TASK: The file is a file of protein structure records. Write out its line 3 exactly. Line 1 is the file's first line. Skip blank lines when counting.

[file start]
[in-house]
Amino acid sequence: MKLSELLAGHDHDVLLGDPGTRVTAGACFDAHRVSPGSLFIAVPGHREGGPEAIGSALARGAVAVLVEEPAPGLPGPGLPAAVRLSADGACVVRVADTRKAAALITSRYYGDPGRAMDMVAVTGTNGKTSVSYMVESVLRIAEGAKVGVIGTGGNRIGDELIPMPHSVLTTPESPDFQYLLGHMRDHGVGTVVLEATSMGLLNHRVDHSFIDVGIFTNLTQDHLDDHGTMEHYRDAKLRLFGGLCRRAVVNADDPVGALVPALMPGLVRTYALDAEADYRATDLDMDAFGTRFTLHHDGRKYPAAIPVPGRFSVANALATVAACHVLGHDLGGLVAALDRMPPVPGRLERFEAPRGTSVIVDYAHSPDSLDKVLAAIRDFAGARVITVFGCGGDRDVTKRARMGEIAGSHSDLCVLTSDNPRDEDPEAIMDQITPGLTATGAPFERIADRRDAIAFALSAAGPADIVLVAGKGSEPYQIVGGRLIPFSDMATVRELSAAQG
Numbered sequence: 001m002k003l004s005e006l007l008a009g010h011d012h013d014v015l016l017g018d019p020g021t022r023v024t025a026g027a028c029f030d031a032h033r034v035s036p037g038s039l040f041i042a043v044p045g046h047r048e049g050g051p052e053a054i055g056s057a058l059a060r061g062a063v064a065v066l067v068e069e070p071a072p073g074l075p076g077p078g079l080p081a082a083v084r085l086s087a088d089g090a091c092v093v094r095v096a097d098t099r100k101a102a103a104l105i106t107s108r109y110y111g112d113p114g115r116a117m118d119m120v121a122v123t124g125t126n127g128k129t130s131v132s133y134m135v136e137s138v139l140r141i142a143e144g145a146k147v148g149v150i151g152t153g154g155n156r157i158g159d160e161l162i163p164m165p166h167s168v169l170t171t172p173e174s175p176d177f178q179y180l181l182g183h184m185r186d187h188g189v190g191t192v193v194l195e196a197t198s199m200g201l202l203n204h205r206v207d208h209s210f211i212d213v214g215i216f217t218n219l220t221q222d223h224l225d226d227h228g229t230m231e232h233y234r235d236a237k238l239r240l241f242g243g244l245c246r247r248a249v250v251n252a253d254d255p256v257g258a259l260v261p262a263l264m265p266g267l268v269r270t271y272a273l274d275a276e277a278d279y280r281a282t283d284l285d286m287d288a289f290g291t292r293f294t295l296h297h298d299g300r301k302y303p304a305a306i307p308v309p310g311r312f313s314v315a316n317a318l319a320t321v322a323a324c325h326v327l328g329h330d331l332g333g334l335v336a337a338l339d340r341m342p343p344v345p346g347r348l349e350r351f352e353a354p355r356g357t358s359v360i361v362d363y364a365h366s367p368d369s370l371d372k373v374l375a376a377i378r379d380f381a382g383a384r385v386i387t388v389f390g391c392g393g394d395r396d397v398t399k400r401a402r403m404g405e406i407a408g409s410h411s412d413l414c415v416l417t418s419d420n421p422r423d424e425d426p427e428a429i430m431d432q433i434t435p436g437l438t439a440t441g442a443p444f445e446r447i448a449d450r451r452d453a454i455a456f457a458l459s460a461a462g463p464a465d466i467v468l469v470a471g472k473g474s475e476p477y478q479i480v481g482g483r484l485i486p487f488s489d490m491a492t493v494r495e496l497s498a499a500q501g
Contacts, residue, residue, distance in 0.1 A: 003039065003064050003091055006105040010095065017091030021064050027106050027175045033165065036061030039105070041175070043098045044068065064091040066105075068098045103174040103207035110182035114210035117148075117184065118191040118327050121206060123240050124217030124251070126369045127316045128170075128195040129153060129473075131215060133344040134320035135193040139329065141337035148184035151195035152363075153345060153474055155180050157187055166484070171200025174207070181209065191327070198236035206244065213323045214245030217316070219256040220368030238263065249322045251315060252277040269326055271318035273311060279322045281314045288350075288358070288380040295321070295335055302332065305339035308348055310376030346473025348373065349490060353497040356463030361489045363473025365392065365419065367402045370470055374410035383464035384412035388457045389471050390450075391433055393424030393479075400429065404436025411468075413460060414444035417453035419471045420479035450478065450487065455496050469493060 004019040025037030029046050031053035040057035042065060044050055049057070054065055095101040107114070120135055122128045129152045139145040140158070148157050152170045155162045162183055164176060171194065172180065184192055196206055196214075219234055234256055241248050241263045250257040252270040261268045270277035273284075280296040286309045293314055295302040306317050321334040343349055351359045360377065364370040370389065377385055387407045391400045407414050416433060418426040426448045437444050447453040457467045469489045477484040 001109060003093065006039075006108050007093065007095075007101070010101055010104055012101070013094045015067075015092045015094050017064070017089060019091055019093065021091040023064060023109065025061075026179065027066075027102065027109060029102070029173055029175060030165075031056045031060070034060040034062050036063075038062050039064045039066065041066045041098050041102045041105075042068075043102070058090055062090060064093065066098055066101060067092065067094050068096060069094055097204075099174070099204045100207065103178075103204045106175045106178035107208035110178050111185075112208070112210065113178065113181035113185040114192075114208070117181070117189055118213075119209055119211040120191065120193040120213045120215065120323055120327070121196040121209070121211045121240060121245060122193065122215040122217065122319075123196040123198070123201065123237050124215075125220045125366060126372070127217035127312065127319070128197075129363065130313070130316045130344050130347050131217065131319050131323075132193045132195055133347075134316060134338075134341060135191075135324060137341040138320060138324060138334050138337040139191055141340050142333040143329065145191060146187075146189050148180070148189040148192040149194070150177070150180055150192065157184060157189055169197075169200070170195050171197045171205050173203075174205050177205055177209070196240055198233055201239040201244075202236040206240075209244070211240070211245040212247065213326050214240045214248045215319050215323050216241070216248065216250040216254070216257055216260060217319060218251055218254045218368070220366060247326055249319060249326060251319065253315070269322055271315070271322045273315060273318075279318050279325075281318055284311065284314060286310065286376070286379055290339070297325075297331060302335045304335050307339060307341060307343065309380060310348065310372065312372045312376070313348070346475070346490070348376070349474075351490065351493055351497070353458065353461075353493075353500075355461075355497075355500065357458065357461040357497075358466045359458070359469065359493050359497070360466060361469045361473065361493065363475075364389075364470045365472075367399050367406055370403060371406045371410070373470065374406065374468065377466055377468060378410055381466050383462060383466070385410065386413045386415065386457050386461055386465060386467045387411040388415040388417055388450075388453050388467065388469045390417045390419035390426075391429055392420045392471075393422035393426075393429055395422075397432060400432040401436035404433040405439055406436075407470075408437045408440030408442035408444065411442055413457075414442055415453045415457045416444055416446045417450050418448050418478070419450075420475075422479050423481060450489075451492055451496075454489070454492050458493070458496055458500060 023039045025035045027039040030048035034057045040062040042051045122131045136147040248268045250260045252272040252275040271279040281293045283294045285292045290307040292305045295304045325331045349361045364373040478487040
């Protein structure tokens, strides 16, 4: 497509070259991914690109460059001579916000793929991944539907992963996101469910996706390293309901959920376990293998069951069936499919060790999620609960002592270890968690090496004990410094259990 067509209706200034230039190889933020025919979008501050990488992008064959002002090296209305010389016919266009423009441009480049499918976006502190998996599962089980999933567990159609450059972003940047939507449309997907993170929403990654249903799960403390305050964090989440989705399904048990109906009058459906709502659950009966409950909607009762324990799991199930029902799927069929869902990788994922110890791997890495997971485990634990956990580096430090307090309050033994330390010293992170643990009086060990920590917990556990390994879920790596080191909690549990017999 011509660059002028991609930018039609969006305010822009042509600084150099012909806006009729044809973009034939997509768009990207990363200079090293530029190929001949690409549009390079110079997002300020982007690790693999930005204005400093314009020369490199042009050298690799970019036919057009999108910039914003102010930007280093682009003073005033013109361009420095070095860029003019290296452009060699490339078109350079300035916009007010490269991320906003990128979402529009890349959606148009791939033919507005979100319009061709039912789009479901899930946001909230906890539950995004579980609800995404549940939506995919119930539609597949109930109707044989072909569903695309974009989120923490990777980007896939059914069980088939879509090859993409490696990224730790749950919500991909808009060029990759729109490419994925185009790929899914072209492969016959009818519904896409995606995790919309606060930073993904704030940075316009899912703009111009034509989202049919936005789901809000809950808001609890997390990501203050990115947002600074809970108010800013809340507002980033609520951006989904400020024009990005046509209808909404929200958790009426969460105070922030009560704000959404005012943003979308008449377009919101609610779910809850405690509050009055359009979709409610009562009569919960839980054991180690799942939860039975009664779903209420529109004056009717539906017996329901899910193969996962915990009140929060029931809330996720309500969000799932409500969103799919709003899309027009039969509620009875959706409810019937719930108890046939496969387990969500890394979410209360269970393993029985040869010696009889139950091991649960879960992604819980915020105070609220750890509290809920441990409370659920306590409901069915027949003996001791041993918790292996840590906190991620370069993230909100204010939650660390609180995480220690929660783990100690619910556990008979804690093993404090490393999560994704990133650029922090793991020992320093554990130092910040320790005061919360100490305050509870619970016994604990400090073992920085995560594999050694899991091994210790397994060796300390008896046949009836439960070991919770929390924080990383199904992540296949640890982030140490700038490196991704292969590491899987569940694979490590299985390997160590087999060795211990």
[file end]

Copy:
Numbered sequence: 001m002k003l004s005e006l007l008a009g010h011d012h013d014v015l016l017g018d019p020g021t022r023v024t025a026g027a028c029f030d031a032h033r034v035s036p037g038s039l040f041i042a043v044p045g046h047r048e049g050g051p052e053a054i055g056s057a058l059a060r061g062a063v064a065v066l067v068e069e070p071a072p073g074l075p076g077p078g079l080p081a082a083v084r085l086s087a088d089g090a091c092v093v094r095v096a097d098t099r100k101a102a103a104l105i106t107s108r109y110y111g112d113p114g115r116a117m118d119m120v121a122v123t124g125t126n127g128k129t130s131v132s133y134m135v136e137s138v139l140r141i142a143e144g145a146k147v148g149v150i151g152t153g154g155n156r157i158g159d160e161l162i163p164m165p166h167s168v169l170t171t172p173e174s175p176d177f178q179y180l181l182g183h184m185r186d187h188g189v190g191t192v193v194l195e196a197t198s199m200g201l202l203n204h205r206v207d208h209s210f211i212d213v214g215i216f217t218n219l220t221q222d223h224l225d226d227h228g229t230m231e232h233y234r235d236a237k238l239r240l241f242g243g244l245c246r247r248a249v250v251n252a253d254d255p256v257g258a259l260v261p262a263l264m265p266g267l268v269r270t271y272a273l274d275a276e277a278d279y280r281a282t283d284l285d286m287d288a289f290g291t292r293f294t295l296h297h298d299g300r301k302y303p304a305a306i307p308v309p310g311r312f313s314v315a316n317a318l319a320t321v322a323a324c325h326v327l328g329h330d331l332g333g334l335v336a337a338l339d340r341m342p343p344v345p346g347r348l349e350r351f352e353a354p355r356g357t358s359v360i361v362d363y364a365h366s367p368d369s370l371d372k373v374l375a376a377i378r379d380f381a382g383a384r385v386i387t388v389f390g391c392g393g394d395r396d397v398t399k400r401a402r403m404g405e406i407a408g409s410h411s412d413l414c415v416l417t418s419d420n421p422r423d424e425d426p427e428a429i430m431d432q433i434t435p436g437l438t439a440t441g442a443p444f445e446r447i448a449d450r451r452d453a454i455a456f457a458l459s460a461a462g463p464a465d466i467v468l469v470a471g472k473g474s475e476p477y478q479i480v481g482g483r484l485i486p487f488s489d490m491a492t493v494r495e496l497s498a499a500q501g